2014 Volume 60 Issue 1 Pages 37-46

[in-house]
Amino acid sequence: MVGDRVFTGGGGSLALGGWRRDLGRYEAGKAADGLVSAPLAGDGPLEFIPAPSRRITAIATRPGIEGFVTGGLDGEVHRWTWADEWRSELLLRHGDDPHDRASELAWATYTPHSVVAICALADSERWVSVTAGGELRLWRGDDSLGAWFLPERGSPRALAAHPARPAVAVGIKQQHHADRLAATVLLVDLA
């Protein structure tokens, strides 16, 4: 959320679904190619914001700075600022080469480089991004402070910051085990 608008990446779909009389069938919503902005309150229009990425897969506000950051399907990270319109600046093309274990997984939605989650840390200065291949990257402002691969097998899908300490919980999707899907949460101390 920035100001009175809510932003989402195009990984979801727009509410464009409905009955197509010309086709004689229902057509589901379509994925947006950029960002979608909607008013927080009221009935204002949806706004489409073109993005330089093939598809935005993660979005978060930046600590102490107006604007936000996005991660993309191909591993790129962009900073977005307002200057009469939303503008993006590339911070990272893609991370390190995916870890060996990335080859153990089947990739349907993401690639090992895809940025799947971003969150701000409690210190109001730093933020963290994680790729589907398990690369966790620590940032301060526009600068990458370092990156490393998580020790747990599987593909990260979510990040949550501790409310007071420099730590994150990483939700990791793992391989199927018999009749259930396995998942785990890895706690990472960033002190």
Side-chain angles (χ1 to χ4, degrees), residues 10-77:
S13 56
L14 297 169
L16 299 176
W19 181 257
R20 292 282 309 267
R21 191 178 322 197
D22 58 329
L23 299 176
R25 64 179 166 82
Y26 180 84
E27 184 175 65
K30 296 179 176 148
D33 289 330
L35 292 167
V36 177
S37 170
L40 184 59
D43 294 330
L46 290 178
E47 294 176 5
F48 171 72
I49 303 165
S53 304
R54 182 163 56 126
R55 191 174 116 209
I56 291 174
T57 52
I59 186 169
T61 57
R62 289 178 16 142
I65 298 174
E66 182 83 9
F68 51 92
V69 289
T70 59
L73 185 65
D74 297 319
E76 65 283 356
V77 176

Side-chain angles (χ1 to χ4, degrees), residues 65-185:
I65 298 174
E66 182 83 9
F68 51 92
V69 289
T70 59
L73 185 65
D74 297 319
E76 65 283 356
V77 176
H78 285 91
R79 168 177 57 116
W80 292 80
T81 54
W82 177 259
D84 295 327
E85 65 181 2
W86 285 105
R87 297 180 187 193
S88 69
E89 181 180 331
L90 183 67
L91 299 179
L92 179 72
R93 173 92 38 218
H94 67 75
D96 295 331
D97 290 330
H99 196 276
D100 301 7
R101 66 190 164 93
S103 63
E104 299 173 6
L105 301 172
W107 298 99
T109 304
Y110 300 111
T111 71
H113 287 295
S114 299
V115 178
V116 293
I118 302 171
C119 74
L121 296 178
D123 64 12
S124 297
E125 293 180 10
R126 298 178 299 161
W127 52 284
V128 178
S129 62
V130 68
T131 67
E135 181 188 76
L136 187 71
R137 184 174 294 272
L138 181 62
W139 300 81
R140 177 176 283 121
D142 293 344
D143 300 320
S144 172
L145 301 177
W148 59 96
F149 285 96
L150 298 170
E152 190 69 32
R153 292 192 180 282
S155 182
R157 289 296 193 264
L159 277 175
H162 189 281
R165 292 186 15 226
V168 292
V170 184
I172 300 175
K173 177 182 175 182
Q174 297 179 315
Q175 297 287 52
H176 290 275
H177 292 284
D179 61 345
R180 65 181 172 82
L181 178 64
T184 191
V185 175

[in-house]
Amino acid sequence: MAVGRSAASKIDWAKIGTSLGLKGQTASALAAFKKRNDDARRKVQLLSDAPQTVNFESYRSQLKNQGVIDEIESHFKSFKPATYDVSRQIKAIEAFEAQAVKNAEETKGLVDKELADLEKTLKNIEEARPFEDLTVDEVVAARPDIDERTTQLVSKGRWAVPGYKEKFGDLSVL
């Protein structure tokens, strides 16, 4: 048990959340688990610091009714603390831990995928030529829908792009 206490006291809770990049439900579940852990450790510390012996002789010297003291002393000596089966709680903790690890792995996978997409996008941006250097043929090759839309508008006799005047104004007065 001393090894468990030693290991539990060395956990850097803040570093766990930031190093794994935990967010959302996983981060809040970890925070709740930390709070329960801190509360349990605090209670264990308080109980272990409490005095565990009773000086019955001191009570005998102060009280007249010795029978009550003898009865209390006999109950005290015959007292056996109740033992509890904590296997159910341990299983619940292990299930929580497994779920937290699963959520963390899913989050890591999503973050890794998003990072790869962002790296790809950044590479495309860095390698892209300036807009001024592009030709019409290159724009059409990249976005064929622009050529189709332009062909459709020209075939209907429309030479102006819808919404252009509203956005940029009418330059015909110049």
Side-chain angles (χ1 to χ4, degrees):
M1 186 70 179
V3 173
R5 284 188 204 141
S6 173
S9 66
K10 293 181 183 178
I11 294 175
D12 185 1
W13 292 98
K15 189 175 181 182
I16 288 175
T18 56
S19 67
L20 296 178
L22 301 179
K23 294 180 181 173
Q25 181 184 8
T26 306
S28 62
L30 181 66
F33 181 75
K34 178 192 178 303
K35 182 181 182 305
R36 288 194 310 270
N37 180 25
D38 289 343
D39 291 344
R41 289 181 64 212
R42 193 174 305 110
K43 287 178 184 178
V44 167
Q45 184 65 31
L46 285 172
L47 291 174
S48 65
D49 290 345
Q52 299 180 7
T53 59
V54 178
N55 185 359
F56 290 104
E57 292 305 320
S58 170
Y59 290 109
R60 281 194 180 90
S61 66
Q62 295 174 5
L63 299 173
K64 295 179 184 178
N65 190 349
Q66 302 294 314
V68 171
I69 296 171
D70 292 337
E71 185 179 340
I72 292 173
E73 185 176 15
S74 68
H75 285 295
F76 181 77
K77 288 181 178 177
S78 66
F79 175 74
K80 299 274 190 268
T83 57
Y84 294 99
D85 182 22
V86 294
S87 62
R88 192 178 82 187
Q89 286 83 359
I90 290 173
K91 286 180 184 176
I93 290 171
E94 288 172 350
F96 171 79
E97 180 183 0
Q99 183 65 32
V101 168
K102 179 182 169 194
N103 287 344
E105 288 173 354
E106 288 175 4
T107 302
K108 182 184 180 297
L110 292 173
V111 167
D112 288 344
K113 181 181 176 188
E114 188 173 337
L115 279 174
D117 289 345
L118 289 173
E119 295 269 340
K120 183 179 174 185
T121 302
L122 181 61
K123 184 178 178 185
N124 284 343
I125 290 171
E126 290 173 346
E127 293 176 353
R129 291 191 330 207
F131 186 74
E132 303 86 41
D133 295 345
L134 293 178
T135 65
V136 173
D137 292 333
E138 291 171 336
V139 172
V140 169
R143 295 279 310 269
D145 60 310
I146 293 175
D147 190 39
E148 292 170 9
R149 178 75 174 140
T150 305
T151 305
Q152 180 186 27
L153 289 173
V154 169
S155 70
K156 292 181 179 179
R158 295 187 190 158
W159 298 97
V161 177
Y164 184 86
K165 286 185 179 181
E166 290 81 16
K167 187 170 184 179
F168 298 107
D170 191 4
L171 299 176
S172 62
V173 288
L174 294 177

Spermatogonial stem cells (SSCs) migrate to the niche upon introduction into the seminiferous tubules of the testis of infertile animals. However, only 5–10% of the transplanted cells colonize recipient testes. In this study, we analyzed the impact of cell cycle on spermatogonial transplantation. We used fluorescent ubiquitination-based cell cycle indicator transgenic mice to examine the influence of cell cycle on SSC activity of mouse germline stem (GS) cells, a population of cultured spermatogonia enriched for SSCs. GS cells in the G1 phase are more efficient than those in the S/G2-M phase in colonizing the seminiferous tubules of adult mice. Cells in the G1 phase not only showed higher expression levels of GFRA1, a component of the GDNF self-renewal factor receptor, but also adhered more efficiently to laminin-coated plates. Furthermore, this cell cycle-dependency was not observed when cells were transplanted into immature pup recipients, which do not have the blood-testis barrier (BTB) between Sertoli cells, suggesting that cells in the G1 phase may passage through the BTB more readily than cells in the S/G2-M phase. Thus cell cycle status is an important factor in regulating SSC migration to the niche.